Mistakes vs. Patterns
Too often we correct or admonish people when we shouldn’t, and plenty of times we let things slide when we should jump right in. Here’s a very simple principle for figuring out when to get involved.
When someone does something we consider close-but-no-cigar, not close, or downright goofy, we usually do one of two things, depending on our own tolerance for confrontation.
1) We jump right in – and either a) walk them gently through the right way, b) blow them up with quick anger, or c) something in between. or
2) We ignore it.
In most cases, the surprisingly right thing to do is #2 – ignore it.
The simple question we forgot to ask ourselves before we jumped in can be one of the most valuable leadership questions we never ask:
“Was this a mistake or a pattern?”
A mistake is something we do once and learn from, so we don’t do it again. The only way we all got to where we could recognize other people’s mistakes is because we made them first.
A pattern is a habit of doing the same lackluster, lame or outrageously stupid thing regularly. We do these things over and over because we’re not learning from them. Every leader has good patterns and bad patterns. And so does every Stakeholder who works in our company.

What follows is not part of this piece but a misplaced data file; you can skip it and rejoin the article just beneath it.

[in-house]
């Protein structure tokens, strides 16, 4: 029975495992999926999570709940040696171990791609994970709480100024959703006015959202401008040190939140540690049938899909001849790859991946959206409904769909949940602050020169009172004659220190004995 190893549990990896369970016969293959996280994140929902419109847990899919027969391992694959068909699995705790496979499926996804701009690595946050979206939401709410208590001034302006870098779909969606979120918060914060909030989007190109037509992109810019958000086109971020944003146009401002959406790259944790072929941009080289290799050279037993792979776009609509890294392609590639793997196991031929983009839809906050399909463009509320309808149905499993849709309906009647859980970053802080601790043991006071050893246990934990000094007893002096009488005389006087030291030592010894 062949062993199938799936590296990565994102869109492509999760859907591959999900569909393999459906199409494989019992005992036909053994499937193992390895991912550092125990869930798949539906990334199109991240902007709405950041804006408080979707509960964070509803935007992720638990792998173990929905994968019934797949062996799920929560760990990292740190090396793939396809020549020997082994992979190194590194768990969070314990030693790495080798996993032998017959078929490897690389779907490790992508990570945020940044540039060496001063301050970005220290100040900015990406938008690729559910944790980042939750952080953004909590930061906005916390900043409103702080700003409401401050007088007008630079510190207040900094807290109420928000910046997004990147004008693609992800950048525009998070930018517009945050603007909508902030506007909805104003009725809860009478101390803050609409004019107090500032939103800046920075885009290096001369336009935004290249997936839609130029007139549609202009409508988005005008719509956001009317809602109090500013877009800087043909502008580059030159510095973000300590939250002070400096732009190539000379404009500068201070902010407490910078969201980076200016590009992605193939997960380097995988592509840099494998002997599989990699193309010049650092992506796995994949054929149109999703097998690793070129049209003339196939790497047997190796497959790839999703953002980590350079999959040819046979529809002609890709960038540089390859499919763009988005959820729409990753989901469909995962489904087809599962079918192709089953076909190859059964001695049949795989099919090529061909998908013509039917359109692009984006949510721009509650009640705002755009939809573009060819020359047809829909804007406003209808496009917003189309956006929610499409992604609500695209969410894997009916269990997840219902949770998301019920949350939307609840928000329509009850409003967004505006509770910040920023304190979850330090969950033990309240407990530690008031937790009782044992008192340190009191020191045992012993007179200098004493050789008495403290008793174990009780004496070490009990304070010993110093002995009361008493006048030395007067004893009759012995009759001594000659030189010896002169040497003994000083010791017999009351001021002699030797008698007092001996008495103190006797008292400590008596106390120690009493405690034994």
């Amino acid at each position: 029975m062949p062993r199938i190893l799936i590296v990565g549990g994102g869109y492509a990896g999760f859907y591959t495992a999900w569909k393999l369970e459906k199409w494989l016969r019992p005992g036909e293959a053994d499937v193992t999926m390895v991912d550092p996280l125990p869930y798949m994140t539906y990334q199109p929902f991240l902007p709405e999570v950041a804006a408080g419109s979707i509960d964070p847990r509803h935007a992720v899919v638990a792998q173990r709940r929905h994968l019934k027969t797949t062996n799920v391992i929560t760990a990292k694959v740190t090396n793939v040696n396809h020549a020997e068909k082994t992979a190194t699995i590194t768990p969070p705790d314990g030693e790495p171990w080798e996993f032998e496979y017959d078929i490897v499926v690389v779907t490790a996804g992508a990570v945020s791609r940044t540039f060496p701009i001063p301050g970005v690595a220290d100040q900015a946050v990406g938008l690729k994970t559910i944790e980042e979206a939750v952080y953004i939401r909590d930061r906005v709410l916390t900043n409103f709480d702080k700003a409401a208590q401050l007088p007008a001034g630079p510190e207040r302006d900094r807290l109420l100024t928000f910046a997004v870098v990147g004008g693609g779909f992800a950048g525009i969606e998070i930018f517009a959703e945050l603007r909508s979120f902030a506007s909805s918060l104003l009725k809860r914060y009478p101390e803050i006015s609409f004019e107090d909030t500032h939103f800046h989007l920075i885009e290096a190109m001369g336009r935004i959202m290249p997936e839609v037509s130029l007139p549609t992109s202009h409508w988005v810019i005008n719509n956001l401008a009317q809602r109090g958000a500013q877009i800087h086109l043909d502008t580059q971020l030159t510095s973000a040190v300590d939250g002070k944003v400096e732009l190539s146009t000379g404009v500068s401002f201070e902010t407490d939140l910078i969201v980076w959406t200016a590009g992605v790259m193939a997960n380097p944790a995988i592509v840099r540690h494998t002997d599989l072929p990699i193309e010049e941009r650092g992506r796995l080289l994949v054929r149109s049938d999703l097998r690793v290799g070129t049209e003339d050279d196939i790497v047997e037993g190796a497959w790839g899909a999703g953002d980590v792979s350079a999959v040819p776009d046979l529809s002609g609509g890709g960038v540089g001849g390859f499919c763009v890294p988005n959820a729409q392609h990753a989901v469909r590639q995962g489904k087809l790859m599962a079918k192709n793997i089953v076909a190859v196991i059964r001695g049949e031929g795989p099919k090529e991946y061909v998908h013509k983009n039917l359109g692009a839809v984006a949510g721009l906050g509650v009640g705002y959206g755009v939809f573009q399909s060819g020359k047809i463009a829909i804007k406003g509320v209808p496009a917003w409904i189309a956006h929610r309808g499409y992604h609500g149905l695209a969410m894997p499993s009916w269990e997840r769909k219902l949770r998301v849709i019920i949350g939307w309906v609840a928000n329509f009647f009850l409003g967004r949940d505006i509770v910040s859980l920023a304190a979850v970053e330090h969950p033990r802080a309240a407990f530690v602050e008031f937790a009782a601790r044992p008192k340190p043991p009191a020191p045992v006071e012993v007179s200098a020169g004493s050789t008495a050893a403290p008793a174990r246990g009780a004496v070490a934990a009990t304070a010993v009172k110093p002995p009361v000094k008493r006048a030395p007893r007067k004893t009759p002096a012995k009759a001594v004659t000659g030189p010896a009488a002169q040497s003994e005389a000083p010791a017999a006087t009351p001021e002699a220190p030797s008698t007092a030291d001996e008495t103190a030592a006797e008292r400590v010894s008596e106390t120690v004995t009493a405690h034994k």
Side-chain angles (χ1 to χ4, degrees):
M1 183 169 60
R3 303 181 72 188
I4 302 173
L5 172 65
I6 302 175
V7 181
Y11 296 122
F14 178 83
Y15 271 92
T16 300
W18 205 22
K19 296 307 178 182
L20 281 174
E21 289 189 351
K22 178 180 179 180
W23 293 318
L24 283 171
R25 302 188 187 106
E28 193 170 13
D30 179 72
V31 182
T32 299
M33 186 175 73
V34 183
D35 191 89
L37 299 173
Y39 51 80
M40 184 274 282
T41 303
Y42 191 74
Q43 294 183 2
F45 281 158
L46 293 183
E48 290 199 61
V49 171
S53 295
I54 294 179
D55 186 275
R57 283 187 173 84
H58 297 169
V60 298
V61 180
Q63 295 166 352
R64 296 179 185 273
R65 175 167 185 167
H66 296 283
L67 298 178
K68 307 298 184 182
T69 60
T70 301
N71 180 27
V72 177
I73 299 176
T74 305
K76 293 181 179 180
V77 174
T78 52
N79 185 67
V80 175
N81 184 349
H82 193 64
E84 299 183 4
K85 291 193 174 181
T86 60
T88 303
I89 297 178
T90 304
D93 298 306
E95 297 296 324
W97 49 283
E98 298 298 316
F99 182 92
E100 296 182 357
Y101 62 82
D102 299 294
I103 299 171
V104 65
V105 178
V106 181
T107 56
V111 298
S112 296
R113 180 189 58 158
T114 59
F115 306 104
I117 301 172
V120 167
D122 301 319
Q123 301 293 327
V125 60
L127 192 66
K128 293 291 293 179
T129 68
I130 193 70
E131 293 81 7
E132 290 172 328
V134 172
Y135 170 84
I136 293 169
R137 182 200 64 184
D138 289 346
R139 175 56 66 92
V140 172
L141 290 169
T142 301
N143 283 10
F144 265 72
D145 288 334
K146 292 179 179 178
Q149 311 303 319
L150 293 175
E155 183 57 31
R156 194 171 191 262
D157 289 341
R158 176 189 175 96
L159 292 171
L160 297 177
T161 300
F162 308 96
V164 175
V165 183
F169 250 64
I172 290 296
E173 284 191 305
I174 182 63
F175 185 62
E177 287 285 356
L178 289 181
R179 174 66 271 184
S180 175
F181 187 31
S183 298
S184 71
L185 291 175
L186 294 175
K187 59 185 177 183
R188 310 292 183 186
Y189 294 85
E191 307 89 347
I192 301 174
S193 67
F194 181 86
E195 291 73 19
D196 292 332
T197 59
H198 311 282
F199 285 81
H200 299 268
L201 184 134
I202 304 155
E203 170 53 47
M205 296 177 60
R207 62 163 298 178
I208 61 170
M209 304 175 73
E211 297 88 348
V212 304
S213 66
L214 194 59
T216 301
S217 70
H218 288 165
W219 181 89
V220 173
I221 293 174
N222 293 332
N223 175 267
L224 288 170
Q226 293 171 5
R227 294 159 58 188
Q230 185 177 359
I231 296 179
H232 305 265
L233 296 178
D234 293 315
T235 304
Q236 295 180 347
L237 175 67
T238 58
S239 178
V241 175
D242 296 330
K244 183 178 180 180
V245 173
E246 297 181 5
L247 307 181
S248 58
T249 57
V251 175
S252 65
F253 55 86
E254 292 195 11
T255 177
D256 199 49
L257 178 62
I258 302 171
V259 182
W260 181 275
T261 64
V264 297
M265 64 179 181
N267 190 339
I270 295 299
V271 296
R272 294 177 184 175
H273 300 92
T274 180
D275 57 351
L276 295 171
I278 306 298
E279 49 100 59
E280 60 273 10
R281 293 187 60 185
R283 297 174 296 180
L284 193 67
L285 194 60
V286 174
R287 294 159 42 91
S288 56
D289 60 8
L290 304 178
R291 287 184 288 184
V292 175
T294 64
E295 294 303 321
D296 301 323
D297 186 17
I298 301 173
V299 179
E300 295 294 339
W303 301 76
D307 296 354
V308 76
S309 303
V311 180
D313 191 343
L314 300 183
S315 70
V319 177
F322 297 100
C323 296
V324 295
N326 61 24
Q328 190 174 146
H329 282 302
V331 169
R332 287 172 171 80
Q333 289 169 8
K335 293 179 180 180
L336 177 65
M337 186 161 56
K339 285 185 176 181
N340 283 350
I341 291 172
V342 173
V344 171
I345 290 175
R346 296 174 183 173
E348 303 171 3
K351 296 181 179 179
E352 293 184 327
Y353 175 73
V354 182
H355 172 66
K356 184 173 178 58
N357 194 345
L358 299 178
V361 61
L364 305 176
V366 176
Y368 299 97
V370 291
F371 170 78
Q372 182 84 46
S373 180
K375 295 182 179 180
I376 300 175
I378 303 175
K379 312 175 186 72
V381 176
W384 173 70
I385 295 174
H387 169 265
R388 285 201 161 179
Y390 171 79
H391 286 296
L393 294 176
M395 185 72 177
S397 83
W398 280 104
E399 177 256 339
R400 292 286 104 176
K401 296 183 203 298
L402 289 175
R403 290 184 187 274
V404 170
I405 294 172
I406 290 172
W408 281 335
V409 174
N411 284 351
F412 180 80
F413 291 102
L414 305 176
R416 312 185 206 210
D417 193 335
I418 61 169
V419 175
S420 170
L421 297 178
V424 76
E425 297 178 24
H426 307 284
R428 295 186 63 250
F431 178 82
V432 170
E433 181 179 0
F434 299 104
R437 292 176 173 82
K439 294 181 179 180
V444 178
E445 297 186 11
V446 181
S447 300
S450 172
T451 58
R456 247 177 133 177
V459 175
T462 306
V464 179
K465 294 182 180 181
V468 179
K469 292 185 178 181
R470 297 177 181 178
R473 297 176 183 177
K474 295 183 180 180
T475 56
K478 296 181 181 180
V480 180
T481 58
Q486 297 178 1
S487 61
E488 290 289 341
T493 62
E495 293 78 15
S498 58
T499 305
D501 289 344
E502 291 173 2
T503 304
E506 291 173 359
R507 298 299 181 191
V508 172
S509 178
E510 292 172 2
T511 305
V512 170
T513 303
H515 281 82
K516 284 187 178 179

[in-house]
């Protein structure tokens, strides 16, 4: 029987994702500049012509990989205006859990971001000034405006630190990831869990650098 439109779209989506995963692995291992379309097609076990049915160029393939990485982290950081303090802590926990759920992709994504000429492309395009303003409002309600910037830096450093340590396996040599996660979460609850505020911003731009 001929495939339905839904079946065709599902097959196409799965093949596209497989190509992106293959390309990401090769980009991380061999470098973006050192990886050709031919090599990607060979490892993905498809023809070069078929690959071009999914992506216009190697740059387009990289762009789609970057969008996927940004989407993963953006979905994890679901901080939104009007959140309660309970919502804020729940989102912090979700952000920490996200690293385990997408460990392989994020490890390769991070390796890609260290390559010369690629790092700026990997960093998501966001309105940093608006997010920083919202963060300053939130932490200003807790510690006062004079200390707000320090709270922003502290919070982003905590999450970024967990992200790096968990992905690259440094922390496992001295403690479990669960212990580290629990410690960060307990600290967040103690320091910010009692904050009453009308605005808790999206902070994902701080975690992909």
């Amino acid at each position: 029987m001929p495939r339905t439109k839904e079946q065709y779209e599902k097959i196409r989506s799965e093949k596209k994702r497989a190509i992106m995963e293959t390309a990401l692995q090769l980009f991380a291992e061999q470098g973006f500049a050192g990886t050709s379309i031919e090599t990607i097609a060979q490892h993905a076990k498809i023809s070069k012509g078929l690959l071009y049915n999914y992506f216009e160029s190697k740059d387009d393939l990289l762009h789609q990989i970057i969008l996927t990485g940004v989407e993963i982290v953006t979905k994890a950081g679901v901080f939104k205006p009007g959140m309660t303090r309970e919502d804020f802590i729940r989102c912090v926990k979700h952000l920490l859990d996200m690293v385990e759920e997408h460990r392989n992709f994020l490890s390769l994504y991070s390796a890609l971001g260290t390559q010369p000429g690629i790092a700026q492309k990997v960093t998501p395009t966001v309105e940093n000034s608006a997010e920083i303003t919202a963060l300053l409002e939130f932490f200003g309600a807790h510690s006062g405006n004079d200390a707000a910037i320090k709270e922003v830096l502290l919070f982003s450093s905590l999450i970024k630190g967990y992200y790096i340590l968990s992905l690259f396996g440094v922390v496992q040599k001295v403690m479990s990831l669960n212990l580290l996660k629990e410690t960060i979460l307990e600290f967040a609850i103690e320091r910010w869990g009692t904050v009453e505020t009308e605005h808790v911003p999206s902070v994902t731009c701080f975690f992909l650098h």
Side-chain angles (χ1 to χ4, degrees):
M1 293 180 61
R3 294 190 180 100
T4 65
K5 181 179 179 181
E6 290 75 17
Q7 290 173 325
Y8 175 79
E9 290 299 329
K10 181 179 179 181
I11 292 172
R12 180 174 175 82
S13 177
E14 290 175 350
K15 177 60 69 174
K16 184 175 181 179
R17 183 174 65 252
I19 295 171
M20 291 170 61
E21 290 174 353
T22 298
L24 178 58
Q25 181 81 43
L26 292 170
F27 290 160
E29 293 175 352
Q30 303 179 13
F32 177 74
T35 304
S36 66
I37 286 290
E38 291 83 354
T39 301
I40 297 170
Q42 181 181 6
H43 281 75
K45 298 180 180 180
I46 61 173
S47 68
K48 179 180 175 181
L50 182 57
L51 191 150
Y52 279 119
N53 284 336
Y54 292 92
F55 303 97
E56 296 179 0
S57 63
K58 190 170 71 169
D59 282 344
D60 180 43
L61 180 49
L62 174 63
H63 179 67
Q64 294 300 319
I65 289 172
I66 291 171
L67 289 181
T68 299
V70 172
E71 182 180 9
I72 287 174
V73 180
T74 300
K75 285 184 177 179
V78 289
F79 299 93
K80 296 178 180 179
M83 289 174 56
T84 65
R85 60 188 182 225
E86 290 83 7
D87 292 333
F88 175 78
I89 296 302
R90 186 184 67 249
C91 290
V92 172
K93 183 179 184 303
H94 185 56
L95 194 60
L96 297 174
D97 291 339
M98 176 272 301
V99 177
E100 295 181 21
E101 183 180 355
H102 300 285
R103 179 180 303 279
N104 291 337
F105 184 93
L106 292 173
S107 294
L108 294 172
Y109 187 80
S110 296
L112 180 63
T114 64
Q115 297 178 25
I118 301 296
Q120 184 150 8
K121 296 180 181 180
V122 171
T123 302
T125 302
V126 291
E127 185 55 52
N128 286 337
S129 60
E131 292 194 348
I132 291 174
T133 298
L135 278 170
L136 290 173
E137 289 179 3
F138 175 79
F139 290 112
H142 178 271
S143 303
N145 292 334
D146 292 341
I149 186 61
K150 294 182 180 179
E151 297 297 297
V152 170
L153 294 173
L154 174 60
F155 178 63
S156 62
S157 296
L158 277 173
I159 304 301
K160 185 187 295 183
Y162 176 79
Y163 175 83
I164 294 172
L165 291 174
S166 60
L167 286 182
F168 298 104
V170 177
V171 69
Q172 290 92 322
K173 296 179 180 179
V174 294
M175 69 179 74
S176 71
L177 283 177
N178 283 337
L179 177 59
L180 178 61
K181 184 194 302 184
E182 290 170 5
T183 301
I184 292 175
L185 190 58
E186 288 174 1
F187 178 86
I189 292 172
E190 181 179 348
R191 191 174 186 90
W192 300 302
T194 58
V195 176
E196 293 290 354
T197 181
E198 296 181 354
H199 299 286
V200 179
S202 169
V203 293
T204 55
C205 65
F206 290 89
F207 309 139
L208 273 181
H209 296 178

Know the Difference
Most managers never ask which is which, they just jump in so they can show they “add value” (which is partly why they are managers, not leaders). Great leaders will always ask the question first, “Is this a mistake or a pattern”?
And honestly, if it’s a mistake, does it really help for me to jump in, either gently or angrily, and tell you all about it?
Jump in when…
The ONLY time we should jump in is:
1) if it is blatantly obvious that the person will never be able to figure it out themselves, and wants to, or
2) It is clearly a pattern and they can’t or won’t deal with it.
Patterns of doing things less then great or just plain wrong always need our attention. But mistakes almost always need to be ignored. If you hired right, your Stakeholders want to do great work. And one of the best ways for them to get there is the same way you did, by learning from their mistakes. Beating them up or fawning over them and “coaching” them every time they do something less than great simply makes them feel like children.
Never Ignore The Patterns
Ignore the mistakes until they become patterns. But never ignore the patterns – they will sink the Stakeholder, if not your business.
Managers correct everybody for everything. Leaders take the time to figure out if they are dealing with a one-off mistake or a pattern, and then they help people with the patterns and ignore the mistakes.
Stop managing and be a Leader – ignore the mistakes and address the patterns.